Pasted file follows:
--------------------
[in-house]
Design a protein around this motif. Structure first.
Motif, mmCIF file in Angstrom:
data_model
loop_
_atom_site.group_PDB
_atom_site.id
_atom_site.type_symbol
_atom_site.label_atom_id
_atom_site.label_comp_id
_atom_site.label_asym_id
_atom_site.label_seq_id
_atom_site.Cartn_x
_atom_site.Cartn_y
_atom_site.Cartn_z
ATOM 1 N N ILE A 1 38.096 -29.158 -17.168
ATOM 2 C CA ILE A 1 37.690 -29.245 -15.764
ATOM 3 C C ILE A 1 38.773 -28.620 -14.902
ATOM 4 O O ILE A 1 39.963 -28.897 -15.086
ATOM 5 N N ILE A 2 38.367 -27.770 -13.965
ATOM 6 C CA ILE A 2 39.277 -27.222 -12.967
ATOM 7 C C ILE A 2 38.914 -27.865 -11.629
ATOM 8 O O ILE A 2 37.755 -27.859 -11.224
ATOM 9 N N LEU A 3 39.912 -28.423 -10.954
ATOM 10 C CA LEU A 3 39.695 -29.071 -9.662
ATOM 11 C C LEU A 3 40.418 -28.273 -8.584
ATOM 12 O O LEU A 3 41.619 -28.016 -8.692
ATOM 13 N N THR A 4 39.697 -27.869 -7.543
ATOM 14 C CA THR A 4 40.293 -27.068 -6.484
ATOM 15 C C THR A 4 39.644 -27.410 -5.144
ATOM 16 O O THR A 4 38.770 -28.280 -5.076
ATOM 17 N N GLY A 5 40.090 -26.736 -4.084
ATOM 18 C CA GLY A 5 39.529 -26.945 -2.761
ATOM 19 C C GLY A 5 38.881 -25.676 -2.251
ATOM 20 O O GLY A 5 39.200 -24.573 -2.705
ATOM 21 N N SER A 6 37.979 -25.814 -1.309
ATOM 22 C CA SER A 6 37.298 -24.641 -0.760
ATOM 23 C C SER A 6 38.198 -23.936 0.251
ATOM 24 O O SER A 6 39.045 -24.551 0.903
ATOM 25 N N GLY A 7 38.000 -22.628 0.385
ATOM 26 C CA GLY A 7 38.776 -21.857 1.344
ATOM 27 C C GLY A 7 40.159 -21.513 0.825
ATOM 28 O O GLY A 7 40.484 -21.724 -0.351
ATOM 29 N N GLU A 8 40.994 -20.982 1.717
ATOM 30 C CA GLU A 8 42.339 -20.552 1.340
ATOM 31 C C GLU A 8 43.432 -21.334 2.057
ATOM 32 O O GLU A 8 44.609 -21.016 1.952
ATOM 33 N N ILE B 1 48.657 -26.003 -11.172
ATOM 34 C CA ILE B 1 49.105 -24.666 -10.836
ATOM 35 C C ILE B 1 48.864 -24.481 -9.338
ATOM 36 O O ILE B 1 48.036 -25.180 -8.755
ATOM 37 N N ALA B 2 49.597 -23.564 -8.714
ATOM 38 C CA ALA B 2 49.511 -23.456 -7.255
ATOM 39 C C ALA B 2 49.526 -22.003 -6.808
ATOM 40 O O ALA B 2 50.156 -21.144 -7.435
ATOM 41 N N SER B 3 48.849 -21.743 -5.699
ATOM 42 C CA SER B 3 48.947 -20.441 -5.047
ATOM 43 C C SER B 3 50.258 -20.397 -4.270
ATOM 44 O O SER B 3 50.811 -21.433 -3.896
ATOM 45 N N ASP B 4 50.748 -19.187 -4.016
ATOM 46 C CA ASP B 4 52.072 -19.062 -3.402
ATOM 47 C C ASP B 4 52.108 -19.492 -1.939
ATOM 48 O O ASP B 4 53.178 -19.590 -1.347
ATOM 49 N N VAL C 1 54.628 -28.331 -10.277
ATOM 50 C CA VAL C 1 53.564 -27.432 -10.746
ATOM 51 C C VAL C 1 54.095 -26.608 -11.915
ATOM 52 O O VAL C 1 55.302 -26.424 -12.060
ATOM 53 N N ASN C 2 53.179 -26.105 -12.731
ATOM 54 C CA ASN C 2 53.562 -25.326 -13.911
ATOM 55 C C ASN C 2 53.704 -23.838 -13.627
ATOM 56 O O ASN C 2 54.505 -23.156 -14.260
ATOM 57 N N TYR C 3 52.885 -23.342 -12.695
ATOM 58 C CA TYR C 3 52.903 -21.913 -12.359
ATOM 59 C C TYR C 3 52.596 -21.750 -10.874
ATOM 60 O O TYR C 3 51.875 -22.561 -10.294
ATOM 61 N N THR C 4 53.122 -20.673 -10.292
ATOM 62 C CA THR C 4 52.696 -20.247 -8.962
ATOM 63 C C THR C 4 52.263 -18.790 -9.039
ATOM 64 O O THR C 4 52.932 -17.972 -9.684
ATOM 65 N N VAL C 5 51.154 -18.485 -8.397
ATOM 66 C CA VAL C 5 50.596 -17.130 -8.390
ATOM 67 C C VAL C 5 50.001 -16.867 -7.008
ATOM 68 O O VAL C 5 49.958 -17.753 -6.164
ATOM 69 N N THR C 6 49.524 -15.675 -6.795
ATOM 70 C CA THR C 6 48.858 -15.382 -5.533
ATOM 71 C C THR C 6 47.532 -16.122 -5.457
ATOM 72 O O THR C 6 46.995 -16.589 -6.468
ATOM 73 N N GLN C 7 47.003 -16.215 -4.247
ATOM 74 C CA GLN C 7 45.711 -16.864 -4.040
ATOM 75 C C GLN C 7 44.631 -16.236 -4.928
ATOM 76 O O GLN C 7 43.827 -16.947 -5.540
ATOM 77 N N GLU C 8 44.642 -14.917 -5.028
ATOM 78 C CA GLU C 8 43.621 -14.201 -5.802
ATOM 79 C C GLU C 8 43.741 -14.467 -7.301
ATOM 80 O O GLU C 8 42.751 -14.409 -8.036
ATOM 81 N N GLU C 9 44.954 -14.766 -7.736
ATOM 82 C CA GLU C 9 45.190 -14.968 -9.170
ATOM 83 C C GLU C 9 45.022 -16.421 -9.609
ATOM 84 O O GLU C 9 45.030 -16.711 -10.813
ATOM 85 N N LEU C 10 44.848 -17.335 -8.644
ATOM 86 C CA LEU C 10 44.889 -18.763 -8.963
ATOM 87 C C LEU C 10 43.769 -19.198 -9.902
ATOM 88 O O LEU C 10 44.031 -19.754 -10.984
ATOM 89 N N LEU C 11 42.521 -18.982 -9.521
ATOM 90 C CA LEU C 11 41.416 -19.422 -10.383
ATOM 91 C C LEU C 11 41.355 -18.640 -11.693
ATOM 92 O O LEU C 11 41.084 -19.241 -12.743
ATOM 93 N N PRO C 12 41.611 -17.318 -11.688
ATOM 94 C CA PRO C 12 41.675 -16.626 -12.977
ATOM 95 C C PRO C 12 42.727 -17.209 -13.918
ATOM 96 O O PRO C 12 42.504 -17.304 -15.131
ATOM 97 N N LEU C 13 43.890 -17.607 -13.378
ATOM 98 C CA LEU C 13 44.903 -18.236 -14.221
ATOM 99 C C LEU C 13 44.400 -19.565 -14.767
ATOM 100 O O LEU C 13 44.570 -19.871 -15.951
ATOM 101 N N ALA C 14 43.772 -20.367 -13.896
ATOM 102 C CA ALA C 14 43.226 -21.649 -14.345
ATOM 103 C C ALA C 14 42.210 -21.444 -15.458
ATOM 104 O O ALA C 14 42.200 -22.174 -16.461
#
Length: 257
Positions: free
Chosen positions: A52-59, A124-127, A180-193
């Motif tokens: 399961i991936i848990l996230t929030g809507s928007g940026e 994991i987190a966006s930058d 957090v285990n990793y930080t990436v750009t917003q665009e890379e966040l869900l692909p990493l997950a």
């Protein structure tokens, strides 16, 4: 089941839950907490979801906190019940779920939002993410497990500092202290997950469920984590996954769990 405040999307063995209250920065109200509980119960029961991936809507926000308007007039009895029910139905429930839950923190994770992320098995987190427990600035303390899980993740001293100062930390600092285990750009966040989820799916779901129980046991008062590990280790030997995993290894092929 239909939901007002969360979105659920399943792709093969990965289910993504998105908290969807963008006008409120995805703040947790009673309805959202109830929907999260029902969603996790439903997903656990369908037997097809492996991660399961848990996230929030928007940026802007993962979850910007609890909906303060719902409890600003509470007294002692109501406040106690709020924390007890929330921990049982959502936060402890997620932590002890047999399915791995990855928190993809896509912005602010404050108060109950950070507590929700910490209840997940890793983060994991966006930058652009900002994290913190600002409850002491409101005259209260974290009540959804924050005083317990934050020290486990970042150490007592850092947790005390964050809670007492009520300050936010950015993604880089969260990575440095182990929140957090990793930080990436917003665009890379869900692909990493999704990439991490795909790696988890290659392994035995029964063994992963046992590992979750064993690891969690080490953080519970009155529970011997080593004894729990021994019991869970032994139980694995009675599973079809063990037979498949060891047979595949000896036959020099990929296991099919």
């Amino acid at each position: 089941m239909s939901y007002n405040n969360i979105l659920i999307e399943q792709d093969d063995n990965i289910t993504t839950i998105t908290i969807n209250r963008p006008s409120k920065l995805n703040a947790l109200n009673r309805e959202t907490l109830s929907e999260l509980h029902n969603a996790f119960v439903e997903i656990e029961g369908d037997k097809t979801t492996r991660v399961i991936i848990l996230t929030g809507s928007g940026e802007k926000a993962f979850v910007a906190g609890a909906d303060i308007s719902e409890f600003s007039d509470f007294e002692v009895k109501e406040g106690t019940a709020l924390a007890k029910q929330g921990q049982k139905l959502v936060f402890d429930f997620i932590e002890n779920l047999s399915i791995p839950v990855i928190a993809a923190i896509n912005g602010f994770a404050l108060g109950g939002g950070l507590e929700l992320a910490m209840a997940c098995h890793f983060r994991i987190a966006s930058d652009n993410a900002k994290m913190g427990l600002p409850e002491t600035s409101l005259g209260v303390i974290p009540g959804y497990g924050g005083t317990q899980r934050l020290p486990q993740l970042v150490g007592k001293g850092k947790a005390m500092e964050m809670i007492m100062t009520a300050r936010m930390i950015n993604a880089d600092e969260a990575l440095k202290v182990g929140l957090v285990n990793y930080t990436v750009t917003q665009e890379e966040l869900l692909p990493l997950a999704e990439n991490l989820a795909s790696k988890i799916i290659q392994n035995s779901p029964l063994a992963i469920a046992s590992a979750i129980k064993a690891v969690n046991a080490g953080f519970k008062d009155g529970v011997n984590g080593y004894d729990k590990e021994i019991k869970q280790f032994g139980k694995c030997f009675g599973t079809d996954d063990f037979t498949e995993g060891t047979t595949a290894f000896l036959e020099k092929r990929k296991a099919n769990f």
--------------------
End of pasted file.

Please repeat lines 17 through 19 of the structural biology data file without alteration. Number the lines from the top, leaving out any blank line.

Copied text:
ATOM 2 C CA ILE A 1 37.690 -29.245 -15.764
ATOM 3 C C ILE A 1 38.773 -28.620 -14.902
ATOM 4 O O ILE A 1 39.963 -28.897 -15.086